In 1874, a thousand years after the first permanent settlement of Iceland, Denmark granted Iceland home rule. The constitution, written in 1874, was revised in 1903, and a minister for Icelandic affairs, residing in Reykjavík, was made responsible to the Althing . The Act of Union, signed on 1 December 1918 by Icelandic and Danish authorities, recognized Iceland as a fully sovereign state (the Kingdom of Iceland), joined with Denmark only as a personal union between the Icelandic and Danish kings. Iceland established its own flag and asked Denmark to represent its foreign affairs and defense interests. The Act would be up for revision in 1940 and could be revoked three years later if agreement was not reached. Union through the Danish king was finally abolished altogether in 1944 during the occupation of Denmark by Nazi Germany, when the Althing declared the founding of the Republic of Iceland.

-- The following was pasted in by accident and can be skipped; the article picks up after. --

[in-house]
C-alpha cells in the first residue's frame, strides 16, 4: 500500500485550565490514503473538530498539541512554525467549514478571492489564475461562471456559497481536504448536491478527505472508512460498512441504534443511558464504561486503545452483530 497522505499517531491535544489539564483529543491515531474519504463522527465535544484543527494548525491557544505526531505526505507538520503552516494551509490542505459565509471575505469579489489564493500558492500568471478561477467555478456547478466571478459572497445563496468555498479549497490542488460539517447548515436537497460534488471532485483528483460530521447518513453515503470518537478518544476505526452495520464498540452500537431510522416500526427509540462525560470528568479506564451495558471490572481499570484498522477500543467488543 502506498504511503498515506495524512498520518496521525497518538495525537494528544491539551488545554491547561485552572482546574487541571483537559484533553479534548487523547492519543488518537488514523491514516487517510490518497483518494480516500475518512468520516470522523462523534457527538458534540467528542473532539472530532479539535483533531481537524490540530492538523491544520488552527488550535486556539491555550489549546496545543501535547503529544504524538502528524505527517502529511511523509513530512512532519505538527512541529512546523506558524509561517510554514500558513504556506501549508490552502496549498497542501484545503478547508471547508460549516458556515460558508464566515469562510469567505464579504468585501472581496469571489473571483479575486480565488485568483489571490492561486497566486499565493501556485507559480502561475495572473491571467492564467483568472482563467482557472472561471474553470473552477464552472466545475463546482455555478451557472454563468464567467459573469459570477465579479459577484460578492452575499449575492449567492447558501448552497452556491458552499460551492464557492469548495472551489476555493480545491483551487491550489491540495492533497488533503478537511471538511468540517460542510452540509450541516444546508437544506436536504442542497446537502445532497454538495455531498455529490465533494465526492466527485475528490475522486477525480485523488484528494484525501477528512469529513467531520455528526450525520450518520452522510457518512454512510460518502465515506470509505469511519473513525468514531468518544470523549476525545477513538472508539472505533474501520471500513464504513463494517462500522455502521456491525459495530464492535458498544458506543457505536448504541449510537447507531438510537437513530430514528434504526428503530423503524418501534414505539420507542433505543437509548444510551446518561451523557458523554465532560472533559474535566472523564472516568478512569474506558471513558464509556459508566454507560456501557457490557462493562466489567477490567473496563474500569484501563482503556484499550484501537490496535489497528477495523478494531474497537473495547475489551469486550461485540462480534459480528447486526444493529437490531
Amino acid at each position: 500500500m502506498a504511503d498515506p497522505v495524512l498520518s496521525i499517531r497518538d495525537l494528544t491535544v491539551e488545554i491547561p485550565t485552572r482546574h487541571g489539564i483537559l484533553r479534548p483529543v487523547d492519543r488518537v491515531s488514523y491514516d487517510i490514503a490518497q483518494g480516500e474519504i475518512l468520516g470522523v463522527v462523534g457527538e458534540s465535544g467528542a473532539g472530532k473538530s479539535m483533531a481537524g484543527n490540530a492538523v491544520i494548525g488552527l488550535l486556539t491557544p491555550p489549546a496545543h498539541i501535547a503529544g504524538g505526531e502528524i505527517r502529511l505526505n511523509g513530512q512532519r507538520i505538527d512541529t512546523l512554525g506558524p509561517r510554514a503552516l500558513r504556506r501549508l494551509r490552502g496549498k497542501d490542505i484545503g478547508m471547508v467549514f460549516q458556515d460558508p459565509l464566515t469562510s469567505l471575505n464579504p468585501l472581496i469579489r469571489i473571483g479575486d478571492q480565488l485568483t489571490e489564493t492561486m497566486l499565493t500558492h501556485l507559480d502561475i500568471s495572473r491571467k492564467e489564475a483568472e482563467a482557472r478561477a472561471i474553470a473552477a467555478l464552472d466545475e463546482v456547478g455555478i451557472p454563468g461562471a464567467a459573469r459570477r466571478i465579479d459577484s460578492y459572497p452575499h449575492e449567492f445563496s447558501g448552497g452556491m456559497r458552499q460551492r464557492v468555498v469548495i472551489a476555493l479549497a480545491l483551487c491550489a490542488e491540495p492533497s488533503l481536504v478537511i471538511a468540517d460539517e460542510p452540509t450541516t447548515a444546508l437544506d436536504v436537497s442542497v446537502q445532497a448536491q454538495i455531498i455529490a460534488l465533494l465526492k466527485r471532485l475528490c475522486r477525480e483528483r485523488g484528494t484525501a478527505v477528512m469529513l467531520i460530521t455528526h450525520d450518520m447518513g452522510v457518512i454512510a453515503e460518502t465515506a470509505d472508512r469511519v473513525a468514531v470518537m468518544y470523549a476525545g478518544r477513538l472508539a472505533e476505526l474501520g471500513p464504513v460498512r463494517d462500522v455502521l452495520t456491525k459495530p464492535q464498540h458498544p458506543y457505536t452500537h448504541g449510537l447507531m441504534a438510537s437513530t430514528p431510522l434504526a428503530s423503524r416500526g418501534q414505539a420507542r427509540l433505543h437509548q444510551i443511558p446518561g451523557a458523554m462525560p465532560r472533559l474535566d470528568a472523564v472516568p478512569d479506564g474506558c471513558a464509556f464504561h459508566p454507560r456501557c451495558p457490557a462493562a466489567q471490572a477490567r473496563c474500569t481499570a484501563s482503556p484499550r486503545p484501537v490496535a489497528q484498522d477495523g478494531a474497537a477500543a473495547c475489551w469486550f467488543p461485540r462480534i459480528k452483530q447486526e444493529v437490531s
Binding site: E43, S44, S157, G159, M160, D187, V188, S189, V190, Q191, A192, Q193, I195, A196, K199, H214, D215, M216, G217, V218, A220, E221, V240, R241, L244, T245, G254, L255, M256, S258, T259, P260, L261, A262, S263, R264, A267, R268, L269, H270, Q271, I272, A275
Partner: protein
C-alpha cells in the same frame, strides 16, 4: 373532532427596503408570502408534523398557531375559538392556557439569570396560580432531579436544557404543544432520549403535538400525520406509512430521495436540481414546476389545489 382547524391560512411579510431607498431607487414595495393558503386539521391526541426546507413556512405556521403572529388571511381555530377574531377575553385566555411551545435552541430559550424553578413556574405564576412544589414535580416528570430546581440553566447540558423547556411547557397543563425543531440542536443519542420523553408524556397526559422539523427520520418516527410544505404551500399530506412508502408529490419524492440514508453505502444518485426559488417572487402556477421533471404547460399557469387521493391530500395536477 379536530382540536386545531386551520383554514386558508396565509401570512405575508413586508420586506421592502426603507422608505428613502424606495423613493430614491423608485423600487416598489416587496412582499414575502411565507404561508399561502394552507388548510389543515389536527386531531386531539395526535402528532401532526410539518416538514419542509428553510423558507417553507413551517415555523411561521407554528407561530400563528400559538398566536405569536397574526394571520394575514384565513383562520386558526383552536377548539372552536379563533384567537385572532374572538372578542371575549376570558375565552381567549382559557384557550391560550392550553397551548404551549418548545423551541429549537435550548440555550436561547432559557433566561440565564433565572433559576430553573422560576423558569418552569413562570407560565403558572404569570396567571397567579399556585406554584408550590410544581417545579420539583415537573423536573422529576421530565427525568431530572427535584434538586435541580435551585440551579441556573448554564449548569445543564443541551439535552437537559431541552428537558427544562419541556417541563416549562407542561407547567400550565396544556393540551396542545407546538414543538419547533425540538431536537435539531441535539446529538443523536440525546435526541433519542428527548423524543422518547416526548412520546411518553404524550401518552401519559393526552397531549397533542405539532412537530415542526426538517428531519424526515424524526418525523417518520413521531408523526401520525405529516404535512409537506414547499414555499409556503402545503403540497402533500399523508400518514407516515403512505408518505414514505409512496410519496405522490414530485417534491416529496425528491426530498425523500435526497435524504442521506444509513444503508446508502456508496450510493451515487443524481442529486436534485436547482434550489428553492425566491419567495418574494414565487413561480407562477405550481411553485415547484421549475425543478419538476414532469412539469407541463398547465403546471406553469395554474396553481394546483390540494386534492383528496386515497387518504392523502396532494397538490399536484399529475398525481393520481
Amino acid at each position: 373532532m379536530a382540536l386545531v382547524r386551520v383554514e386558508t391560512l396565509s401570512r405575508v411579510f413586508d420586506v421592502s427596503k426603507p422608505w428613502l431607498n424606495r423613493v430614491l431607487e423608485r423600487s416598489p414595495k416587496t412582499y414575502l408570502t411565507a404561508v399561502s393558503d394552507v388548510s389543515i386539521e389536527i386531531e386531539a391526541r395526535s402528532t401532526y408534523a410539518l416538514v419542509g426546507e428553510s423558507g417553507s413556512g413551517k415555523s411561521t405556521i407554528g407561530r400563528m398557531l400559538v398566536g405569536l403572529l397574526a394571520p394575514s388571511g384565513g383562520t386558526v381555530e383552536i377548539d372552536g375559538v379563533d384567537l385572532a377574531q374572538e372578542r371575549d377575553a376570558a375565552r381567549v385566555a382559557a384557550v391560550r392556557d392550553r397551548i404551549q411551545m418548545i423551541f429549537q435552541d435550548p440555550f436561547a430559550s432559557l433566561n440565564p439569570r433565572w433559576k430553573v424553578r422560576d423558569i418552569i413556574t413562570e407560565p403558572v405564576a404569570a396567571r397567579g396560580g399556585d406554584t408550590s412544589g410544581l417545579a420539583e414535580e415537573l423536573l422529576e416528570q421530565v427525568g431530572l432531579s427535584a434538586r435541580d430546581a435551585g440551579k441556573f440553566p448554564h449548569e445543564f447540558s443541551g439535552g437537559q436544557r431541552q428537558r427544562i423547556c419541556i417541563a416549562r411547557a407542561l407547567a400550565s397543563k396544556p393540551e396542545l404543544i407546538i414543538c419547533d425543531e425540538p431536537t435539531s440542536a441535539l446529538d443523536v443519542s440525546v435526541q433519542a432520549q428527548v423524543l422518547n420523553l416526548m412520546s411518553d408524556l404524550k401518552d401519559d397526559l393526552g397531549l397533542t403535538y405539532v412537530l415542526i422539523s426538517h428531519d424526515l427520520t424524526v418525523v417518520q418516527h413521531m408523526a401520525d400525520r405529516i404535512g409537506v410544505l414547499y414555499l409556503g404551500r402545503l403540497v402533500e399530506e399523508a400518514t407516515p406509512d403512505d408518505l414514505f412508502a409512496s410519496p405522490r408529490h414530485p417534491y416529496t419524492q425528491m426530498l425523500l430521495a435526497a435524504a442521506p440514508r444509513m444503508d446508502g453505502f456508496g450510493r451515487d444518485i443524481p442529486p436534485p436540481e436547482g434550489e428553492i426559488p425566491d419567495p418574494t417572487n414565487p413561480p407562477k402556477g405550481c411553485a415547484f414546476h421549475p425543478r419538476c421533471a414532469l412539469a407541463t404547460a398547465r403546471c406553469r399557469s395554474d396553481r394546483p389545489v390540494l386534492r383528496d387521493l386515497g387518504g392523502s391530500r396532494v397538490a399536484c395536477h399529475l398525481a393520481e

Today, Icelanders celebrate this holiday on a national scale. The celebration traditionally takes the form of a parade through each urban area with brass bands. Riders on Icelandic horses often precede the brass band and flag bearers from the Icelandic scout movement traditionally follow the brass band. After the parade several speeches are held out in the open, including one from a Fjallkonan (woman of the mountains), dressed in Skautbúningur (traditional dress – see photo), who recites a national poem. She represents the fierce spirit of the Icelandic nation and of Icelandic nature: an inheritance from the period of romanticism that reigned when the first steps toward independence were being taken. After speeches and other official business is over, a less formal celebration takes place with musicians and dancing, lots of candy for the children, and helium balloons escaping their owners and flying to the sky. It is also traditional to expect rain on this day.